Concrete plays an important role in the functionality of any home. Not only are most driveways concrete, but many houses have basements, patios, front paths or steps made out of this durable substance. Here, we'll review some of the most popular trends in residential concrete use.
In the past, you had one choice in concrete, and although drab gray concrete functions well, it's not the prettiest thing to look at. These days, however, that outdated gray is a thing of the past. Concrete can be dyed, stamped and molded to fit nearly any dècor, lending a truly unique touch to your property. It can even be modified to imitate some much more expensive materials.
A flat, drab surface is fine for some commercial applications, but when it comes to your home, there's no reason to deal with boring concrete. Today there are more options than ever before in patterned concrete. One of the most popular ways to do this is through stamping.
Just as it sounds, stamped concrete involves pressing a patterned stamp into damp concrete to create a decorative surface. These designs range from the basic (a swirled pattern often called â€œbrooming') to the ornate. You can even design your own stamps if you are willing to spend the money.
Some of the most popular patterns in stamped concrete today include fish-scale patterns or colored brick designs.
Another very popular option for homeowners who want a unique look but don't want an extremely elaborate appearance is a border. Many people choose to have a traditional swirled, broom pattern on their driveway but place a more ornate border along the edges. This can look even more interesting if you choose a different shade of concrete for the border.
Stamps which imitate different materials are extremely popular today. Through the use of specialized acids, stamps and dyes, concrete professionals can create remarkably authentic-looking surfaces. Popular choices include brick and stone. Creating these surfaces out of concrete is not only a very attractive and durable option, but it gives your home the look of a very expensive material at a drastically lower cost.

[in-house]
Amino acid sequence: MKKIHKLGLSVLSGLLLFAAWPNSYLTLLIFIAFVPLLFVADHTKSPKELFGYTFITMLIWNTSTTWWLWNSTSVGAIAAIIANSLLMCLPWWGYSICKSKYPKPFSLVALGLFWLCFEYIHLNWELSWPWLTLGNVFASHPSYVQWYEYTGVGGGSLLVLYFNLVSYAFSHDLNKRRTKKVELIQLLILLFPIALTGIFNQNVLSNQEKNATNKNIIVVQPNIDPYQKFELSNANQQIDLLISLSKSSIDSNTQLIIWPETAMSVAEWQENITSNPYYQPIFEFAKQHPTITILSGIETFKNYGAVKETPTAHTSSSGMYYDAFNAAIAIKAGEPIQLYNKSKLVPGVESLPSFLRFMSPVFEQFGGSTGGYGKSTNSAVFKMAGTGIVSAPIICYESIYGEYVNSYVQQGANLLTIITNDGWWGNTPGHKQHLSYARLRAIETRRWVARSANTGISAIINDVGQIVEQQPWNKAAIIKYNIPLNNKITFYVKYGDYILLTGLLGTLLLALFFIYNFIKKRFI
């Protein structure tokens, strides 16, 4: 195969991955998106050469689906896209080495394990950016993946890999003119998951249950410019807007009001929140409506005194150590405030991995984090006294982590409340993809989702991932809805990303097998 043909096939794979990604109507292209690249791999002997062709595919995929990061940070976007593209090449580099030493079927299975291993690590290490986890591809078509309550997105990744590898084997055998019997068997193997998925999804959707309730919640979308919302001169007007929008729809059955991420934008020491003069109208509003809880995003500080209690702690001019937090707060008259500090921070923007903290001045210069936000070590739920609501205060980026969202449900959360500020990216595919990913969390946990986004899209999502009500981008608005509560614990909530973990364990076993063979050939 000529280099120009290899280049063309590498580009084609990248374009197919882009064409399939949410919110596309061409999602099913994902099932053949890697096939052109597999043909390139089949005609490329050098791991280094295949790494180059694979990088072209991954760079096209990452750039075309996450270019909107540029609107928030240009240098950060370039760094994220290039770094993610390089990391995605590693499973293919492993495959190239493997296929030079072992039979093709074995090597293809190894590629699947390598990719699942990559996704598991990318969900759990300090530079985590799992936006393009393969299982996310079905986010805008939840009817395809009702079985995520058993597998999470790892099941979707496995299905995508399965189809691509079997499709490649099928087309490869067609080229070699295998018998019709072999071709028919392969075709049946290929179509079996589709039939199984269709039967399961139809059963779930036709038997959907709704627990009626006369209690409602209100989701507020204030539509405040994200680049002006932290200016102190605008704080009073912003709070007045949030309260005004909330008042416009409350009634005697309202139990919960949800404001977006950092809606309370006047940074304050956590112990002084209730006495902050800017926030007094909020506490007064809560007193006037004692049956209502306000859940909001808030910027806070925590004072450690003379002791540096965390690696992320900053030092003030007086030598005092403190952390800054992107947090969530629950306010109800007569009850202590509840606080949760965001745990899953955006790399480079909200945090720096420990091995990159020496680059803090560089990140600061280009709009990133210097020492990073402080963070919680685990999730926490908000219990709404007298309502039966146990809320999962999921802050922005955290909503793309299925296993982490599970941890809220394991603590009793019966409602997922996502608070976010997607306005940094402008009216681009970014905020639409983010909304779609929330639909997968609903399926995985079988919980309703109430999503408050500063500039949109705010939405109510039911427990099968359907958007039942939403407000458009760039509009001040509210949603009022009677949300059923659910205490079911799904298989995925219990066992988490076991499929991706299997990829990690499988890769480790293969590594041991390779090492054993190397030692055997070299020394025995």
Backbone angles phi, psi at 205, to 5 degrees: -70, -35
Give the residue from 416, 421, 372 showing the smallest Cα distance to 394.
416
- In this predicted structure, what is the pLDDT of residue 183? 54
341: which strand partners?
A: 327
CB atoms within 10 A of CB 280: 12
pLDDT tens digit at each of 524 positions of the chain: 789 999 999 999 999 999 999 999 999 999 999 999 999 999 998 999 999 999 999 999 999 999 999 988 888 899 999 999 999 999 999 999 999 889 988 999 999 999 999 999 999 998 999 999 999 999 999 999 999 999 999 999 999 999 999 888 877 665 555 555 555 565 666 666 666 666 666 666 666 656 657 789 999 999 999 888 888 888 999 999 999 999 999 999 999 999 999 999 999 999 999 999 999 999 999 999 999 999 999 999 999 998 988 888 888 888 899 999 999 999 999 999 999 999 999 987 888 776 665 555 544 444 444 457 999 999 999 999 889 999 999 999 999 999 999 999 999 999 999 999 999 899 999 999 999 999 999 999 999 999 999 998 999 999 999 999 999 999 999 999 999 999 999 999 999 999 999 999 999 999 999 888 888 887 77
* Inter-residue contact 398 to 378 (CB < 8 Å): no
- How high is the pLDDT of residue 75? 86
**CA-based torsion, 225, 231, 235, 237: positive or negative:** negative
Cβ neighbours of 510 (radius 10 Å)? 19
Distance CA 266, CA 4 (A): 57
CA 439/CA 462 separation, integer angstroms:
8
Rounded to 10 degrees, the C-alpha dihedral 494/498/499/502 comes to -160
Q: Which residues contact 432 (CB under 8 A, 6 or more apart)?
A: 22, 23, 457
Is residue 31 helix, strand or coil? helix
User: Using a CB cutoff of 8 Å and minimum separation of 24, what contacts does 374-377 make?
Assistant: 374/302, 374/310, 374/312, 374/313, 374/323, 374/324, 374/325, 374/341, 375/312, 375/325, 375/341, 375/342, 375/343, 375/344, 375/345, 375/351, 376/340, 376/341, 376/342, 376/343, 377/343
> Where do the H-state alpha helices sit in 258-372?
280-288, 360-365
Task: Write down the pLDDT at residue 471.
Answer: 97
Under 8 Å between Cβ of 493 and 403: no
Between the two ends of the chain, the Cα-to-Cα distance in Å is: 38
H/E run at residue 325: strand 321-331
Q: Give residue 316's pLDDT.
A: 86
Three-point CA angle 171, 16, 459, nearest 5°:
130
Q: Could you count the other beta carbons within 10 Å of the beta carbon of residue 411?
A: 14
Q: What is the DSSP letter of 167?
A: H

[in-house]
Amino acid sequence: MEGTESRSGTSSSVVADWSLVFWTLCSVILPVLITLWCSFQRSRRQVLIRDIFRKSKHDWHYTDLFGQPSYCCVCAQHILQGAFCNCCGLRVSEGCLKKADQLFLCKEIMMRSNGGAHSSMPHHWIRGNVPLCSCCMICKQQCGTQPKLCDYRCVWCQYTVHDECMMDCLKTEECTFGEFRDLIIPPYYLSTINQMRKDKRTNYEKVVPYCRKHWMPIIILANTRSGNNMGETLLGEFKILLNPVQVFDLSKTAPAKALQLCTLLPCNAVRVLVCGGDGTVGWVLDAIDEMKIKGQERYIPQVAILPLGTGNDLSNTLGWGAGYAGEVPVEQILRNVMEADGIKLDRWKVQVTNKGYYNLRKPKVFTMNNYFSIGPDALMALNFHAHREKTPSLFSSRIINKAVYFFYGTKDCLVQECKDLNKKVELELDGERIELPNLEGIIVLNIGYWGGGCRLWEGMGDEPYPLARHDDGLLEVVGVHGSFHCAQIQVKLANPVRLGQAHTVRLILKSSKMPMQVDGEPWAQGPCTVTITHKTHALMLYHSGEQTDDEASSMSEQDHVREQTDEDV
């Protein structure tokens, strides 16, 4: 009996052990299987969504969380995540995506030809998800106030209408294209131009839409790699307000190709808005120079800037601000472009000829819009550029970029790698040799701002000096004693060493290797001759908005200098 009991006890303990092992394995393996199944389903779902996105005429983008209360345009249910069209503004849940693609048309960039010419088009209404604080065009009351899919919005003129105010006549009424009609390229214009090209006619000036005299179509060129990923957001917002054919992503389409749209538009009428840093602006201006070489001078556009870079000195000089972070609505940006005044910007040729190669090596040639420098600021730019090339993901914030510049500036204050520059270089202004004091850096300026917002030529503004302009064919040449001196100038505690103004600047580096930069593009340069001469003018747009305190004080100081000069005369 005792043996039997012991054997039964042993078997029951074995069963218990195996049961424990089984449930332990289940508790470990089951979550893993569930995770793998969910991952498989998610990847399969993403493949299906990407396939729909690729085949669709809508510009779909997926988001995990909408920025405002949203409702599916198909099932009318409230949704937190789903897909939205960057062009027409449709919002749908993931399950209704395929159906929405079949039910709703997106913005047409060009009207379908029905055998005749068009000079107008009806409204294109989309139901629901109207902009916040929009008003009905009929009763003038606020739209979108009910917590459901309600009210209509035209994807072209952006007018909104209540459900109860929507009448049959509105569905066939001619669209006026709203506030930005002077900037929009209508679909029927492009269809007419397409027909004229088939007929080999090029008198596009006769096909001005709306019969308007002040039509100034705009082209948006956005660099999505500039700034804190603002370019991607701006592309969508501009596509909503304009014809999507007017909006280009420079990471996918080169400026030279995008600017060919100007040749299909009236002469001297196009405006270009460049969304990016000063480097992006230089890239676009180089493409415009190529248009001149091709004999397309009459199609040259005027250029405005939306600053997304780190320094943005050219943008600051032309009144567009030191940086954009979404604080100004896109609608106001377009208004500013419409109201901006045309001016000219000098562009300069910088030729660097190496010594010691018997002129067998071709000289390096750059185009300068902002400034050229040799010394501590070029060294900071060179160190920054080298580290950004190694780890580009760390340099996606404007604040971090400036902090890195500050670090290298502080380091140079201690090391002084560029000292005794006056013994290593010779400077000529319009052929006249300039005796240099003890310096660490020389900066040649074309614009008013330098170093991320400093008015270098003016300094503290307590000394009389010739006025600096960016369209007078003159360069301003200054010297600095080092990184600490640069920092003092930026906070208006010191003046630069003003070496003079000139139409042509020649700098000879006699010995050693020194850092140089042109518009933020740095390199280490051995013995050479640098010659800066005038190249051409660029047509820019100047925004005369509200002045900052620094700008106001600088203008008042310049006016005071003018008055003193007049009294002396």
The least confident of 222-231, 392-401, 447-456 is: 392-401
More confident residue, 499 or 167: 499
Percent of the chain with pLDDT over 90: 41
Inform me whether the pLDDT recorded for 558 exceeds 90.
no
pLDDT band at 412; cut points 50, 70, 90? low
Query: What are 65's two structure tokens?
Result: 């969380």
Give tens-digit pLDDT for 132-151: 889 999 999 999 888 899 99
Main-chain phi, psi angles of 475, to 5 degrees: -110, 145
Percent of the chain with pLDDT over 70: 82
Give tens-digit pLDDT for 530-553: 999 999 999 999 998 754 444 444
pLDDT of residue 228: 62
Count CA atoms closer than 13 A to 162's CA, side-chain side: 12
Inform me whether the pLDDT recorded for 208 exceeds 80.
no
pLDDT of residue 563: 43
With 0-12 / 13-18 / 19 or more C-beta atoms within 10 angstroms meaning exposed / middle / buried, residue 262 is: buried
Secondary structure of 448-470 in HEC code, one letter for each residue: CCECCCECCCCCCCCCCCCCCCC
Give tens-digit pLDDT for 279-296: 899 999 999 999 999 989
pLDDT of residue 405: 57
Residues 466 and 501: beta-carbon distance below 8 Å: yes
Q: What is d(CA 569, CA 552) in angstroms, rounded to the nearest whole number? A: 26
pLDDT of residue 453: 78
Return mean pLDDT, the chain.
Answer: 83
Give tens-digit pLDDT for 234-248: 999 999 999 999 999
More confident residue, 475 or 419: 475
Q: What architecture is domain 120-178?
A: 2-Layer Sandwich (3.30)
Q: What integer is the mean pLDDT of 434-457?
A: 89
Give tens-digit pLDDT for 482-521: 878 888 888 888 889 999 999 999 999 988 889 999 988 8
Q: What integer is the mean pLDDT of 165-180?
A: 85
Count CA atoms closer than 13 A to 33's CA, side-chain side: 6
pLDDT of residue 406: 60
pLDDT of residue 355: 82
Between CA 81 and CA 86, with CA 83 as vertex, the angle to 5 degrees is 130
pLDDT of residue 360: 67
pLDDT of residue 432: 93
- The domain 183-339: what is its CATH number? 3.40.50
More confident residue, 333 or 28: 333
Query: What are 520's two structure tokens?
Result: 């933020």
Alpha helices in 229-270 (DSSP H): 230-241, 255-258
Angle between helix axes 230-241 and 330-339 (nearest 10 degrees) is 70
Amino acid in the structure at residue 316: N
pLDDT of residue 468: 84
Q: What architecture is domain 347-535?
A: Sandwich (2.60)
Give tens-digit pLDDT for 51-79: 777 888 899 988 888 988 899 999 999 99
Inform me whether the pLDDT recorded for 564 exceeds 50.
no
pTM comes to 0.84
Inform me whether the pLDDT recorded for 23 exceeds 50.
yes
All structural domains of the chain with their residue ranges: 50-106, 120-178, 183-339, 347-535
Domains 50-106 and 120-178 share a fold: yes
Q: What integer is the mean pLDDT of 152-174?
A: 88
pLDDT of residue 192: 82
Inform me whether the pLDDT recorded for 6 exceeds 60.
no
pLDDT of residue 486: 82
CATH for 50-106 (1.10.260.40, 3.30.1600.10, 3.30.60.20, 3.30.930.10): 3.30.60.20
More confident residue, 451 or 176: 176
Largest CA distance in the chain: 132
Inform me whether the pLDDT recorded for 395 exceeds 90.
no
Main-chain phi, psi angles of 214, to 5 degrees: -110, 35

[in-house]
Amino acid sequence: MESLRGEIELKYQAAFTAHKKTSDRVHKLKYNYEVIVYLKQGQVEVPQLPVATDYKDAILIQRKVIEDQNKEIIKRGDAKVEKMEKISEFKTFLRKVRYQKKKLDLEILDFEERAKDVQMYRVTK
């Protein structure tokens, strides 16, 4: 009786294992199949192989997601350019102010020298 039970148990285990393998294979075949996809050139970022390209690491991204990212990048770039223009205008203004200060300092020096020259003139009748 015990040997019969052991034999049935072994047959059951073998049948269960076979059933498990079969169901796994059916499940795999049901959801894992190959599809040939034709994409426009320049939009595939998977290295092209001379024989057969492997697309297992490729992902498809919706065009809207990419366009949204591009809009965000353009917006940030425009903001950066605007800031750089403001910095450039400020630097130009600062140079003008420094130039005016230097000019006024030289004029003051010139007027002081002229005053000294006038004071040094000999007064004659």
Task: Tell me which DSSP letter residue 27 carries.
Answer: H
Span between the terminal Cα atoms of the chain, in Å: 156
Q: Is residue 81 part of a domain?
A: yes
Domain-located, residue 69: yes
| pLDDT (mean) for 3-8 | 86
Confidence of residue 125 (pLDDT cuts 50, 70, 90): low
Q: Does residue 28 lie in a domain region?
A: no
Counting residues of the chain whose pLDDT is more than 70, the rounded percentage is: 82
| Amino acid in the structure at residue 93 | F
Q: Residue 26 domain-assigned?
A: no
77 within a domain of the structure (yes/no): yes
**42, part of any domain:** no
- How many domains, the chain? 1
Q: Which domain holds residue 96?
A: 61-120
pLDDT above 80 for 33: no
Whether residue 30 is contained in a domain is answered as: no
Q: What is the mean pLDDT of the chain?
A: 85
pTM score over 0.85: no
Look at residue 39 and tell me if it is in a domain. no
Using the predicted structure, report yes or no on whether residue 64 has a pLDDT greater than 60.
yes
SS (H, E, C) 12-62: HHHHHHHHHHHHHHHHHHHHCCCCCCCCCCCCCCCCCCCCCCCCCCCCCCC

If you really want to add visual interest to your concrete surfaces, look into colored concrete. The right contractor can mix virtually any color that you like, and this can add a great deal of unique appeal to your home. When combined with a stamped application, the effect is even more eye-catching.
While it's not considered durable enough for outdoor applications, an interior concrete floor which has been finished gives a very unique look. We're not talking about the concrete floor that's probably in your garage right now, dull and pitted and boring. Instead, these finished floors are a very sleek and stylish way to combine the durability of concrete with a polished, finished appearance.
Acid-finished concrete creates a unique marbled appearance. Achieving this look involves applying an acid solution, sometimes combined with a coloring agent. After the desired shade and pattern is achieved, the concrete is usually sealed to retain the pattern for as long as possible.